A week ago, Jersey City police, responding to calls from anxious friends and relatives, came upon a horrific scene: a family of four stabbed to death.
What made this murder even more disturbing was its possible motive and the authorities’ attempts to downplay that motive.
The victims were Hossam and Amal Armanious and their daughters, Sylvia and Monica. They were Coptic Christians who had emigrated from Egypt “in part to escape religious persecution.” As the wife’s uncle told the Bergen Record (NJ), Hossam Armanious “had sensed a rise in anti-Christian extremism” in their native land.
After their arrival, the family, especially Hossam and Sylvia, became outspoken about their faith. According to her classmates, Sylvia would “debate people [about her faith] in class” and even had a Coptic Cross tattooed on her wrist.
Her father was, according to the New York Post, “well known for expressing his Coptic beliefs and engaging in [a] fiery back-and-forth [dialogue] with Muslims” in Internet chat rooms. This earned him a reputation for being “one of the most outspoken Egyptian Christians.”
It also got him a warning. One of his correspondents told Hossam that he better shut up or “we are going to track you down like a chicken and kill you . . . ”
So, when Hossam and his family were found stabbed to death, with Sylvia’s tattoo singled out for special attention, it seemed reasonable to ask if religion played a role in the killings — especially since, according to their relatives, their jewelry was not taken.
Reasonable, but not politically correct. Prosecutors publicly called speculation about a religious motive “unfortunate,” despite the fact that investigators were “coming to terms with the possibility that the family had been targeted for death” for religious reasons.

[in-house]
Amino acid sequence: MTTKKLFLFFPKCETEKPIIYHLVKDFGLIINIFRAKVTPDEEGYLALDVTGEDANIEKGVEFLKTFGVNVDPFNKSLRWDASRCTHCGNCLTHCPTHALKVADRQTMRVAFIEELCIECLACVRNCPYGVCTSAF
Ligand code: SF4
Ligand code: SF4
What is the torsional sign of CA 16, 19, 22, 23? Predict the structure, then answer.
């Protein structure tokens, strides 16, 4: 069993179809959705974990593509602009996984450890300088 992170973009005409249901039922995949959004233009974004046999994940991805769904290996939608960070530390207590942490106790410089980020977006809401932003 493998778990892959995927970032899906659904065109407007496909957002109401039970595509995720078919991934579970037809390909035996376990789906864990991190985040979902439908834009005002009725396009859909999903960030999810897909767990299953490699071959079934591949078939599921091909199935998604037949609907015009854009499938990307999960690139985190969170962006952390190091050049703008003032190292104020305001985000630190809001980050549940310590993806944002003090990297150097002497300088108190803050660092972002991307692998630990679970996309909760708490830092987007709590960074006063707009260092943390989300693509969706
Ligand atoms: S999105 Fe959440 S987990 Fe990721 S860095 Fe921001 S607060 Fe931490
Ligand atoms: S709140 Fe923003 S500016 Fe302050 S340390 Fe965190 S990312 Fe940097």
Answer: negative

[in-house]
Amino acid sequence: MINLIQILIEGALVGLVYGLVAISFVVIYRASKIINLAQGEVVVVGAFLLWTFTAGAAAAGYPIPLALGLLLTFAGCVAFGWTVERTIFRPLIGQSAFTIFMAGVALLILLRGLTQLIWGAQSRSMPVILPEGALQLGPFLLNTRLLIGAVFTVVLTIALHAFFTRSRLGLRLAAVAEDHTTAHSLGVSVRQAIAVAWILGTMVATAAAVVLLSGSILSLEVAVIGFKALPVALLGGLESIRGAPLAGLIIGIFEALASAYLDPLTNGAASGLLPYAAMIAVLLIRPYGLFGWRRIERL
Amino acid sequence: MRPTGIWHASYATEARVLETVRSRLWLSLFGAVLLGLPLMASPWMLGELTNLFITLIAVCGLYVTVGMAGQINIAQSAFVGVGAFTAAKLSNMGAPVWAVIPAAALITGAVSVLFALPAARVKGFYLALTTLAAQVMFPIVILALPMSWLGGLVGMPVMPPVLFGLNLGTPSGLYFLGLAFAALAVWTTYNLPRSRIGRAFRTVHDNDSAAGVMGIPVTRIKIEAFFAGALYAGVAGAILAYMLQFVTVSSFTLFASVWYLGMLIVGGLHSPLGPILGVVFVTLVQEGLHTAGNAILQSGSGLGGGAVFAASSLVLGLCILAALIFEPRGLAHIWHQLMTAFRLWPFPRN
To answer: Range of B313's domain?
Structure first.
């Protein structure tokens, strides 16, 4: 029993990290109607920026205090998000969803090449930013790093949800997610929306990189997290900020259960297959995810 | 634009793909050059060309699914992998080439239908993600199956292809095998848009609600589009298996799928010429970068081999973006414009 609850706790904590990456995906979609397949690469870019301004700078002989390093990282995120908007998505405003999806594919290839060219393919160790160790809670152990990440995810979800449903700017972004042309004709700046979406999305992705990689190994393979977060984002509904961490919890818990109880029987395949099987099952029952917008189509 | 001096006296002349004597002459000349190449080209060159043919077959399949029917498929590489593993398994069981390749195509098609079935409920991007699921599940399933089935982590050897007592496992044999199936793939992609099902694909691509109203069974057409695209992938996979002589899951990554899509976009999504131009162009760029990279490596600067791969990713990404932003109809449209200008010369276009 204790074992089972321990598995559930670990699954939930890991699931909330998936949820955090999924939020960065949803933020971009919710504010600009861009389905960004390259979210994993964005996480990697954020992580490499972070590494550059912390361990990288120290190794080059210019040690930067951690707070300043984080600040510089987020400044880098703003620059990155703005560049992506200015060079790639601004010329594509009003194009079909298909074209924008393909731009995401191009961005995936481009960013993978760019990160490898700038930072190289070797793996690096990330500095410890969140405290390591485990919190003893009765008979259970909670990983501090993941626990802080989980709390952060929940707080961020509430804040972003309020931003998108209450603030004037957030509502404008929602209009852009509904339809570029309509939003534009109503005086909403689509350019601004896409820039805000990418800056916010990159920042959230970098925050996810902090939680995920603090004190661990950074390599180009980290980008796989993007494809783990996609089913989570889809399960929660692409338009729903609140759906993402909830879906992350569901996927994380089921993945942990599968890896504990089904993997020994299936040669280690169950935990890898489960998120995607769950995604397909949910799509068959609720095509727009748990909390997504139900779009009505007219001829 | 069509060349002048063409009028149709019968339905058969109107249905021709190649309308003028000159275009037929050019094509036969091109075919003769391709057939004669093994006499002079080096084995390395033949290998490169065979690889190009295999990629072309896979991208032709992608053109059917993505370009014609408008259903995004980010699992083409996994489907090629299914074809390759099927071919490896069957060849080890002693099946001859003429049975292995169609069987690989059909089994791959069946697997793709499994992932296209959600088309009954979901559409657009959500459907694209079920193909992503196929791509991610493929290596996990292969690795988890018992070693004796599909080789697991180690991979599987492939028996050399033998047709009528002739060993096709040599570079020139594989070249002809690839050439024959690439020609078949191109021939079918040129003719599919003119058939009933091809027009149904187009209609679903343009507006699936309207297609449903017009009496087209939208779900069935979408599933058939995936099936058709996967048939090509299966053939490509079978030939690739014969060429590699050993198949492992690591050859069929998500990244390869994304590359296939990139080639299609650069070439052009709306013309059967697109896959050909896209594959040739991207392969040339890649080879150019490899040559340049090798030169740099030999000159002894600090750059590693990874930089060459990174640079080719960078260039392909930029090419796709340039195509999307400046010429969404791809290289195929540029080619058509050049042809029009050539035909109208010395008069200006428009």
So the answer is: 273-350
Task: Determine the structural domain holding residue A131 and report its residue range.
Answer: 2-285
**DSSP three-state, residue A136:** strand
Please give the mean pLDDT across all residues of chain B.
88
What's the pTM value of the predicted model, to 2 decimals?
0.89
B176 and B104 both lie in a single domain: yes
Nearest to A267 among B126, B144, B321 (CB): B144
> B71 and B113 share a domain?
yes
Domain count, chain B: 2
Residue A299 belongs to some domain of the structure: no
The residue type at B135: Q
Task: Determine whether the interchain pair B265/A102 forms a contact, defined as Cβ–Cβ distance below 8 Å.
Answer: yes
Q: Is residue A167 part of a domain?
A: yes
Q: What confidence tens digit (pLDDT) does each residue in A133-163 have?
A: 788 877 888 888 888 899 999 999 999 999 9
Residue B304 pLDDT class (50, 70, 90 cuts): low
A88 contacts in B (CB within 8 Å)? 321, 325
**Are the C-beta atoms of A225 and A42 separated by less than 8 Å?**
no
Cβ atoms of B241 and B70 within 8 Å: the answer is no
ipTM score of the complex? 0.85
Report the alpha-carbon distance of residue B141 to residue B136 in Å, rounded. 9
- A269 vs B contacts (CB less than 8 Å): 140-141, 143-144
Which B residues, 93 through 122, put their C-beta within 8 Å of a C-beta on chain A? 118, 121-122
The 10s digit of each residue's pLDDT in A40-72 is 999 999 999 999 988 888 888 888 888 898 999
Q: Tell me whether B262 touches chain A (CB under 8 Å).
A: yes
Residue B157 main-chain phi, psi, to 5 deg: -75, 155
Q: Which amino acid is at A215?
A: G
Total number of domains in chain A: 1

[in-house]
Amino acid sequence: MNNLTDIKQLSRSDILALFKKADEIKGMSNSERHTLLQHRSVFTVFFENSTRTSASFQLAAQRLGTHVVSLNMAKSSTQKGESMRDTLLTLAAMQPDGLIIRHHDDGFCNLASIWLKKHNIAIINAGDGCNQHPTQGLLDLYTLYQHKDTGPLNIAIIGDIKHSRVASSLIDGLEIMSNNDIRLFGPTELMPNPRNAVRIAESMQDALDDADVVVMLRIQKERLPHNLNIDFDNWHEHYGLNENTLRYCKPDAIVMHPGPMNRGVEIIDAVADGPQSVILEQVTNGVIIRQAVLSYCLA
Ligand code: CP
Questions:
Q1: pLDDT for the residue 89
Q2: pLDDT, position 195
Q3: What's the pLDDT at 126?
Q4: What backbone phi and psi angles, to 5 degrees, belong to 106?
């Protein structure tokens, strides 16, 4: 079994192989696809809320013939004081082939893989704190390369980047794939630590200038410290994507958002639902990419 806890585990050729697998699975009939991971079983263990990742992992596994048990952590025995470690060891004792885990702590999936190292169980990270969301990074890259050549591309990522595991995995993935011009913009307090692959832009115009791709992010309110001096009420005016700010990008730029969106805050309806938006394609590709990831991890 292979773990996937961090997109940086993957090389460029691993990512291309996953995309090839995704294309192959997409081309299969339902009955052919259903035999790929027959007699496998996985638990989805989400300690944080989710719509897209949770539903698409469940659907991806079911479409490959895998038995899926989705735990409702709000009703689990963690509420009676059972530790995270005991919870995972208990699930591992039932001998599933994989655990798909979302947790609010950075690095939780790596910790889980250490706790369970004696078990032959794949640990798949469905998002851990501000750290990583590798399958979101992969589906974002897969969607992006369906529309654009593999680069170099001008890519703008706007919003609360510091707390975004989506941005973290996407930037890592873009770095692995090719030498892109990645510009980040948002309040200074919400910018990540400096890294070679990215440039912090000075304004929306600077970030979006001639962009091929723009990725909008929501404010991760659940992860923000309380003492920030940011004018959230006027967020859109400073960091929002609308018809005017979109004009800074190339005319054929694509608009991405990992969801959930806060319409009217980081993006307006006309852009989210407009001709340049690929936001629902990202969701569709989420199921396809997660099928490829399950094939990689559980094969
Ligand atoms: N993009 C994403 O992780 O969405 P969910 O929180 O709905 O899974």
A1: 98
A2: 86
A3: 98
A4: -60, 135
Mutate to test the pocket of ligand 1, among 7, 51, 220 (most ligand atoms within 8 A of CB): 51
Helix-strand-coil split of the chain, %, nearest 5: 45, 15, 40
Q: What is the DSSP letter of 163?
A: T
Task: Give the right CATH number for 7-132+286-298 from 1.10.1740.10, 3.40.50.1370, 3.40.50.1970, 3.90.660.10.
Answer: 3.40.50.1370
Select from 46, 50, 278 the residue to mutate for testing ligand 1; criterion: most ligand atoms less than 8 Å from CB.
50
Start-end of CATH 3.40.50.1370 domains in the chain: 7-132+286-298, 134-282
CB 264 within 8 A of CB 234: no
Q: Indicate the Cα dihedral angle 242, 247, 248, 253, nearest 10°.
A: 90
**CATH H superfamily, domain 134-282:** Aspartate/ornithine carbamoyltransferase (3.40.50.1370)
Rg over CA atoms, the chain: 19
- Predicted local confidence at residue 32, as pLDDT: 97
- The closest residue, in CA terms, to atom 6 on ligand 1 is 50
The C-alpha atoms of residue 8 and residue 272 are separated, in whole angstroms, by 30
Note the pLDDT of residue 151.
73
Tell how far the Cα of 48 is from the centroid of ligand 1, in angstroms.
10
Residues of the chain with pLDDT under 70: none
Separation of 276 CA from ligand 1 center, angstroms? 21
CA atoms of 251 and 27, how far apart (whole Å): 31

The one million Coptic Christians in the United States can be excused for wondering if they are experiencing a sense of “deja vu.” Back in Egypt, they were second-class citizens whose claims of mistreatment and persecution were ignored, or worse, by a government intent on appeasing Islamists.
Now their concerns about Islamist violence are being downplayed by American officials intent on not offending Islamic groups. And they are not the only Middle Eastern Christians with this problem: Nina Shea of Freedom House recently wrote about our government’s “indifference to the fate” of Iraq’s Christian minority.
But even if the people being killed were not Christians, there would still be a reason to be concerned about the government’s attitude: America is at war with a worldview that may have produced these murders.
Remember that both the 1993 and 2001 attacks on the World Trade Center were either planned or carried out by Islamists living in this same part of New Jersey. Now, that doesn’t implicate every or even most of the Islamic immigrants living there, but it does mean that some in this community have been radicalized. If nothing else, public safety demands that possible links to Islamist violence be treated as more than “unfortunate” speculation.
Especially is that true when that violence is directed at those who exercise a right that every American takes for granted: the right to be outspoken about one’s beliefs.